A look at the Royal Sydney redevelopment

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One of Australia’s most prestigious golf clubs has revealed its $17 million plan to return the course to its pre-European character.

Rose Bay’s Royal Sydney Golf Club will be closed for a year as new holes are created and more than half a million trees and shrubs are planted.

Renowned golf architect Gil Hanse and Australian landscape architect Harley Kruse are behind the plans which will result in a configuration of ‘two loops of nine’ holes and reinstatement of the area’s pre-European heathland.

Australia's Cameron Smith hits from the bunker on the 18th hole during the Final Round of the Australian Open at Royal Sydney Golf Club. Picture: Brett Costello
Australia’s Cameron Smith hits from the bunker on the 18th hole during the Final Round of the Australian Open at Royal Sydney Golf Club. Picture: Brett Costello

“The proposed landscape will be of the character that existed on the site prior to European settlement and prior to the 1940s tree planting program which saw the golf course changed to a parkland style,” the development application states.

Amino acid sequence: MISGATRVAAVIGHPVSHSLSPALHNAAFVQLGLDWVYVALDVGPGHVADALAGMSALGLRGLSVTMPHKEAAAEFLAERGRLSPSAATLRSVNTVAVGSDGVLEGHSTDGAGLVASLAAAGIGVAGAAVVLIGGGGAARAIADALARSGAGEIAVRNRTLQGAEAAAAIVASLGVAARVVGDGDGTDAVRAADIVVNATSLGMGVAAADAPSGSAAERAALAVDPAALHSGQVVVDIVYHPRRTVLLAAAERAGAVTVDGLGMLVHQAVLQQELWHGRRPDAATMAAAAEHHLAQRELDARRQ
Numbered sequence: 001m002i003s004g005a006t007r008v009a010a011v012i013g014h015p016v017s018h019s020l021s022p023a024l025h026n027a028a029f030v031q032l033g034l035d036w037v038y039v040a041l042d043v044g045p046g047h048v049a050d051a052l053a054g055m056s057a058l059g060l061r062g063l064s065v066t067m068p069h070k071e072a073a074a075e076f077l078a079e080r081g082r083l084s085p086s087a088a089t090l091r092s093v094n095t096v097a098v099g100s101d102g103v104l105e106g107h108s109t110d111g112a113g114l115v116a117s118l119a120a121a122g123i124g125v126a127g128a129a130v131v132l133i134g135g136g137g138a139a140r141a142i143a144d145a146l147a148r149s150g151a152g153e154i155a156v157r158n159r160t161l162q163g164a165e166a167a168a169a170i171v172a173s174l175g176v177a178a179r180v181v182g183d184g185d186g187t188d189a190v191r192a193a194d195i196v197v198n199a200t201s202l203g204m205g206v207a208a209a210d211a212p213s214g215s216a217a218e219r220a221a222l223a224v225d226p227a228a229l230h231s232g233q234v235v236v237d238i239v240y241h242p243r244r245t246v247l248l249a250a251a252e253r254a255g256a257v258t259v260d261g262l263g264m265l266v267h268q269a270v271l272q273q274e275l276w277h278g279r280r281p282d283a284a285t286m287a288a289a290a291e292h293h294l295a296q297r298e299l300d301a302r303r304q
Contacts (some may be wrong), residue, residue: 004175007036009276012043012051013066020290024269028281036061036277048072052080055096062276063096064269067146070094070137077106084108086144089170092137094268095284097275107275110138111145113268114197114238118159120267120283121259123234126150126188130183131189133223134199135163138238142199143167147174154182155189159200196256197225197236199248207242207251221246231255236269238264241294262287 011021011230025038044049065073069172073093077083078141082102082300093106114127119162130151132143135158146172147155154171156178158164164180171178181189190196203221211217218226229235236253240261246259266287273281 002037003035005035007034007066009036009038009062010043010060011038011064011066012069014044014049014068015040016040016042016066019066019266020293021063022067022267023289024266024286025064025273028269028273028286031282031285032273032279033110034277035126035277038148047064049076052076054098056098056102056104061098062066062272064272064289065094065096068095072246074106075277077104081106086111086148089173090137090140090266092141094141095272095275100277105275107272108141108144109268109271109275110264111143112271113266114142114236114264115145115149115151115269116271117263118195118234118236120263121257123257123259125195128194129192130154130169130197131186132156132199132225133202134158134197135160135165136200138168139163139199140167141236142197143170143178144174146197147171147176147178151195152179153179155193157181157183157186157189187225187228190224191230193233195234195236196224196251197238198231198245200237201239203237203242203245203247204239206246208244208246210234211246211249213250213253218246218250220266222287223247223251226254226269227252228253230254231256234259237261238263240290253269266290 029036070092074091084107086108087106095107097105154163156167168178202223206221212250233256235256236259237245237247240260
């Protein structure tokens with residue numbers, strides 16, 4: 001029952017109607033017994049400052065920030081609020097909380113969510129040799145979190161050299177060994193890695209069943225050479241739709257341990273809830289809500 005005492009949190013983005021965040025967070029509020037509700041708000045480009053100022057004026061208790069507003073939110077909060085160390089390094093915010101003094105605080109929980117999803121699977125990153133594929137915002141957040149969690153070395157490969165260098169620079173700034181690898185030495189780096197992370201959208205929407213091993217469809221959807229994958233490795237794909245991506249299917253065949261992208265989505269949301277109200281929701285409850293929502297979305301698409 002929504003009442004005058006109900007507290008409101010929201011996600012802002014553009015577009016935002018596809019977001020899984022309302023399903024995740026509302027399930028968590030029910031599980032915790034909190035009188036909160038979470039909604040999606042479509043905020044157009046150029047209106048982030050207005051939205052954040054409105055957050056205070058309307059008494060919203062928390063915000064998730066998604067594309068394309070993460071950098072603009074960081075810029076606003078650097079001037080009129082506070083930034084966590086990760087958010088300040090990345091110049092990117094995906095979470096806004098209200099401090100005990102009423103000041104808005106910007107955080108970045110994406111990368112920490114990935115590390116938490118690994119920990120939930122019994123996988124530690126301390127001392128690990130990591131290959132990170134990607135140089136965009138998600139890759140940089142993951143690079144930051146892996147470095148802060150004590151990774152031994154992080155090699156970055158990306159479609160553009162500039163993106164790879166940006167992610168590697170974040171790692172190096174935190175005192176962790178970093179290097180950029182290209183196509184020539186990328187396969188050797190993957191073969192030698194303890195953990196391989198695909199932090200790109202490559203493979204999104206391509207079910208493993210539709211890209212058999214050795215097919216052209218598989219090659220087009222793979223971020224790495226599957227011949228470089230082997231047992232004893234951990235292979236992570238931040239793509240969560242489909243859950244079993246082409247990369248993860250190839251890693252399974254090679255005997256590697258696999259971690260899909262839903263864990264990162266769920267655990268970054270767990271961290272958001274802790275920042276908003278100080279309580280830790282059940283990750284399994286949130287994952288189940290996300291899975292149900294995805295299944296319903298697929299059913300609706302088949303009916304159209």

“Insensitive 1940’s works removed the original ground plane flora of wild heathland and grassland vegetation which succumbed to the effects of shade and competition of these introduced non-indigenous tree plantings.”

Royal Sydney Golf Club is set for a one-in-100-year upgrade. Picture: Supplied
Royal Sydney Golf Club is set for a one-in-100-year upgrade. Picture: Supplied

The need for renovation is attributed to poor drainage, pipes blocked by tree roots, dated irrigation systems, weed infested greens, and aged cart paths and service roads, all of which will be upgraded.

The club, granted the prefix ‘Royal’ by Queen Victoria in 1897, is one of the country’s top clubs.

Aaron Baddeley in round 1 of the Australian Open Golf Championship at Royal Sydney Golf Club in 2016. Picture: Gregg Porteous
Aaron Baddeley in round 1 of the Australian Open Golf Championship at Royal Sydney Golf Club in 2016. Picture: Gregg Porteous

As part of the proposal, 569 trees “reaching the end of their safe life expectancy” will be removed and another 703 trees planted.

As well as the new trees around half a million shrubs and other plans will be added.

Source, Images & More: https://www.dailytelegraph.com.au/

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